It is up to your company to decide where to draw the line, but giving employees and stakeholders a clearer picture of the business and its success and failures, can be the foundation for a stronger company. 

Pillar 2: Listening

Transparency in the workplace leads to better communication across teams and departments. You can continue to foster that communication by listening. 

Actively seek feedback from employees at every level. When employees feel heard and valued, they’re more inclined to give it their all, leading to better results. 

This openness can often lead to greater transparency from the employees themselves, further cultivating pillar one. 

Pillar 3: Positivity

We’ve already established the effects a positive workplace culture can have on results. This pillar further clarifies the need to focus on people over profit.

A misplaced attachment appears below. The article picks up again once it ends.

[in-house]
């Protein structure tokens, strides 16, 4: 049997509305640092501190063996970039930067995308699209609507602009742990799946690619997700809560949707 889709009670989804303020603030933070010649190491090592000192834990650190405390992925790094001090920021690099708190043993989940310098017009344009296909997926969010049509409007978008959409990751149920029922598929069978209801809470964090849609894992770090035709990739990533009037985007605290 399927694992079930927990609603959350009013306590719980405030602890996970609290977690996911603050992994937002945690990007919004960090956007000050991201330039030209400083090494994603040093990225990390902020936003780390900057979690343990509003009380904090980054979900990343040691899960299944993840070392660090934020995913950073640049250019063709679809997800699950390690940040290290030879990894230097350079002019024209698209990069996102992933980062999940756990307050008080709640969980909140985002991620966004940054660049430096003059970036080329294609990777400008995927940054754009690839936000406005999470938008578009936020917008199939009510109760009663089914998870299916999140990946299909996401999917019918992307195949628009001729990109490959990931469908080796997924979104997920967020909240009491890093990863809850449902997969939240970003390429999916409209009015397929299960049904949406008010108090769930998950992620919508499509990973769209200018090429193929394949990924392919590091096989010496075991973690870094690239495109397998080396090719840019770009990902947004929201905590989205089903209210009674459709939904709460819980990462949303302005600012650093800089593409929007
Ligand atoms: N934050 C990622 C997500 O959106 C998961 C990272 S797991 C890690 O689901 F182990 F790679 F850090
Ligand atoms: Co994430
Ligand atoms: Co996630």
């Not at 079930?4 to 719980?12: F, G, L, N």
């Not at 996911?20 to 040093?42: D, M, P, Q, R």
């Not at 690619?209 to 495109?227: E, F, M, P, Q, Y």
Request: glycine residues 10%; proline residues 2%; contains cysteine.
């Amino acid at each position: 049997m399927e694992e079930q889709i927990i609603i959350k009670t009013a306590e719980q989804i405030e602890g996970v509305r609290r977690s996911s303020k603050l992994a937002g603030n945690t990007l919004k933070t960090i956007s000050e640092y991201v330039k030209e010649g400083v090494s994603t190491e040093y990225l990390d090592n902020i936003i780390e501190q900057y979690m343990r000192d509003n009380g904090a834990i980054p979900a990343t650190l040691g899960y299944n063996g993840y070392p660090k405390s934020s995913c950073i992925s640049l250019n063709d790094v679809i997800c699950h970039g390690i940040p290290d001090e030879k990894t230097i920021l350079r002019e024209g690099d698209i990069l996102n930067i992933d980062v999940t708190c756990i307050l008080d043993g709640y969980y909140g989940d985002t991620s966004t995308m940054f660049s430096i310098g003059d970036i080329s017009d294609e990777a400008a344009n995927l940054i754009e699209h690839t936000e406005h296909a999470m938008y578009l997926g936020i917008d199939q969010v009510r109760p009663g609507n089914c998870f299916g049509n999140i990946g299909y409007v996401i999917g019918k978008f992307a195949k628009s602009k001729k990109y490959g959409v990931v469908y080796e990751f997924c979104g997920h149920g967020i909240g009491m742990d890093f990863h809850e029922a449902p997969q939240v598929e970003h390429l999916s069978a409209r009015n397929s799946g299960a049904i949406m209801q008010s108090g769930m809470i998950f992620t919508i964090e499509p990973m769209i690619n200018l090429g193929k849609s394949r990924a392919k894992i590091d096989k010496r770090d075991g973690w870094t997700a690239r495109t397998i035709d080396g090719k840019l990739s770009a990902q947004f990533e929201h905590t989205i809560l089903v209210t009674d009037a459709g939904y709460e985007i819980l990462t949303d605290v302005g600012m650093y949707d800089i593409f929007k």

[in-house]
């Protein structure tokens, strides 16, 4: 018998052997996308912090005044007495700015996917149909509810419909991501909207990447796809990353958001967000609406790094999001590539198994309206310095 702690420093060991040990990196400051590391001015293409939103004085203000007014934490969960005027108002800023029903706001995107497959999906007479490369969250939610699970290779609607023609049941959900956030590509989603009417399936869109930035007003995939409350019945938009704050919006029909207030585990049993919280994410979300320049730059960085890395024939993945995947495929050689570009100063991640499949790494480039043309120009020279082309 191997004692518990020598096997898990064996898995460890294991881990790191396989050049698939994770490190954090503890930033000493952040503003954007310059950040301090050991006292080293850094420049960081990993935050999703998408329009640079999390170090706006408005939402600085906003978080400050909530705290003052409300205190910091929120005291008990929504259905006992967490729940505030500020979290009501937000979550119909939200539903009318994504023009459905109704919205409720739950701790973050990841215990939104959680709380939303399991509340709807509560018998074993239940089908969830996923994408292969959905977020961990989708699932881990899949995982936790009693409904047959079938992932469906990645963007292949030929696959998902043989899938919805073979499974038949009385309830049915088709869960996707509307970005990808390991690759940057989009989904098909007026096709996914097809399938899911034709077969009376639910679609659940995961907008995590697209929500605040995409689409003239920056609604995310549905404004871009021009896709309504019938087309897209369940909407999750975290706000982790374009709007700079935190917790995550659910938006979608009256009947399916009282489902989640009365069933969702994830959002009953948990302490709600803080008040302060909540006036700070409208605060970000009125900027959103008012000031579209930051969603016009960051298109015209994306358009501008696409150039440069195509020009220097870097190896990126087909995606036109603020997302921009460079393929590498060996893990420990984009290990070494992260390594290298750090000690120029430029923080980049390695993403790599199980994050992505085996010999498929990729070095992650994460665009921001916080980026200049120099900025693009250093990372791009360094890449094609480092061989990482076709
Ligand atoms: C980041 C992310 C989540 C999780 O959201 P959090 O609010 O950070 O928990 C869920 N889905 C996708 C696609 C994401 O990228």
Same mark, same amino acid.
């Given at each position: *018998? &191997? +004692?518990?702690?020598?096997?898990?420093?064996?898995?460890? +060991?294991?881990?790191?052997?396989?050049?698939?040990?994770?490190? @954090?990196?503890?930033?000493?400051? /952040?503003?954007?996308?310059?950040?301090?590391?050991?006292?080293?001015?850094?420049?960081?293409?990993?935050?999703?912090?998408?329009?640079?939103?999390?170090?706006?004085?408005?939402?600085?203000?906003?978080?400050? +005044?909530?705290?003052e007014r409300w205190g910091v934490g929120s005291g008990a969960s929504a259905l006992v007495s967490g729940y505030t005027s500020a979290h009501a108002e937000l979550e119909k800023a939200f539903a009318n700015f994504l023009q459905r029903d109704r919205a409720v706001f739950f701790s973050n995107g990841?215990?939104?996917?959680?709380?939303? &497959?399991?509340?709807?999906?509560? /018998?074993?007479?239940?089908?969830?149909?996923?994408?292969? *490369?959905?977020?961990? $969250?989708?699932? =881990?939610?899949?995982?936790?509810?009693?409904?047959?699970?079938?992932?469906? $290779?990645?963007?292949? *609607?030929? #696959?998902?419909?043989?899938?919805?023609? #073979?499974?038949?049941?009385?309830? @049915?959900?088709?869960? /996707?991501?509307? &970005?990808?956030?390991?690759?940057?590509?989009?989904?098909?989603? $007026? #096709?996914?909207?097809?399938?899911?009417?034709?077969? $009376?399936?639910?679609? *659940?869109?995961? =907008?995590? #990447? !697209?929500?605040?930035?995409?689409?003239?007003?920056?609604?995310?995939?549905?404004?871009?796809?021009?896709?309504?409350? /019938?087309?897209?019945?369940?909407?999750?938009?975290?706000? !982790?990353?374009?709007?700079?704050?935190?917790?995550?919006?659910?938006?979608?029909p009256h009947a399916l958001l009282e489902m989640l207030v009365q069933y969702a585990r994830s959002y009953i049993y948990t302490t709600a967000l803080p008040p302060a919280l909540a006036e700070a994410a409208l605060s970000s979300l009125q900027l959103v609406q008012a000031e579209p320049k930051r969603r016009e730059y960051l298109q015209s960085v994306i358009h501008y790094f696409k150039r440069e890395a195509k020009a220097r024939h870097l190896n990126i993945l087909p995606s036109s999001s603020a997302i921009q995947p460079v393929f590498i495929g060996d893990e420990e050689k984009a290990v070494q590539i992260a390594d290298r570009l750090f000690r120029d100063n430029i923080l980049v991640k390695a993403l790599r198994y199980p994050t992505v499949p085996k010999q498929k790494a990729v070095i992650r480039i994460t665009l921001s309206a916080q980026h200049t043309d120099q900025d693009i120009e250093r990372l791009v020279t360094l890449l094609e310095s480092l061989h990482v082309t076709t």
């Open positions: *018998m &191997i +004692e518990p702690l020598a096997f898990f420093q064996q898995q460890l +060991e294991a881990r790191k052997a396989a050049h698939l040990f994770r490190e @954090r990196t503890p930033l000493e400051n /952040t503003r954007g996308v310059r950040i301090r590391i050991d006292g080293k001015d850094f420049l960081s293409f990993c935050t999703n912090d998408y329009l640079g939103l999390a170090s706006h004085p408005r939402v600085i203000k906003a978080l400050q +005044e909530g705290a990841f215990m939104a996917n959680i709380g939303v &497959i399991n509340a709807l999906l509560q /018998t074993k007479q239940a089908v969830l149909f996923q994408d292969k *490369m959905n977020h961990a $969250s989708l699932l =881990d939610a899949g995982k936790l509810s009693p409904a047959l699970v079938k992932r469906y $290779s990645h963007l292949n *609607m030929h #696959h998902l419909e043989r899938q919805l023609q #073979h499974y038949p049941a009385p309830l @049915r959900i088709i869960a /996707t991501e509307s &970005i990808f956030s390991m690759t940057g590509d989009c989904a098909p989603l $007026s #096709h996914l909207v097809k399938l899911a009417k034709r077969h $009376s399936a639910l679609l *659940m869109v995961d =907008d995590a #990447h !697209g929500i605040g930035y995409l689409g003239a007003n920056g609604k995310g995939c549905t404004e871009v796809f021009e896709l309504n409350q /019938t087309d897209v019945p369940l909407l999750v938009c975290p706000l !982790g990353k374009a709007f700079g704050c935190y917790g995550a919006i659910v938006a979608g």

People spend nearly a third of their lives at work. They need to enjoy it or their mental health—and performance—will suffer. When businesses foster a positive culture, it not only increases productivity but reduces turnover rates.[2]

Research shows that companies with positive organizational cultures often yield higher than average returns.[3]

This isn’t some silly “happy employees, happy company” philosophy. It is a research-backed concept. Ultimately, the behaviors exhibited by employees are deeply influenced by the collective beliefs and values upheld within the organization. 

If you want to develop high performance work systems that naturally build high performance habits, then you need to focus on creating a positive work environment. 

Pillar 4: Uniqueness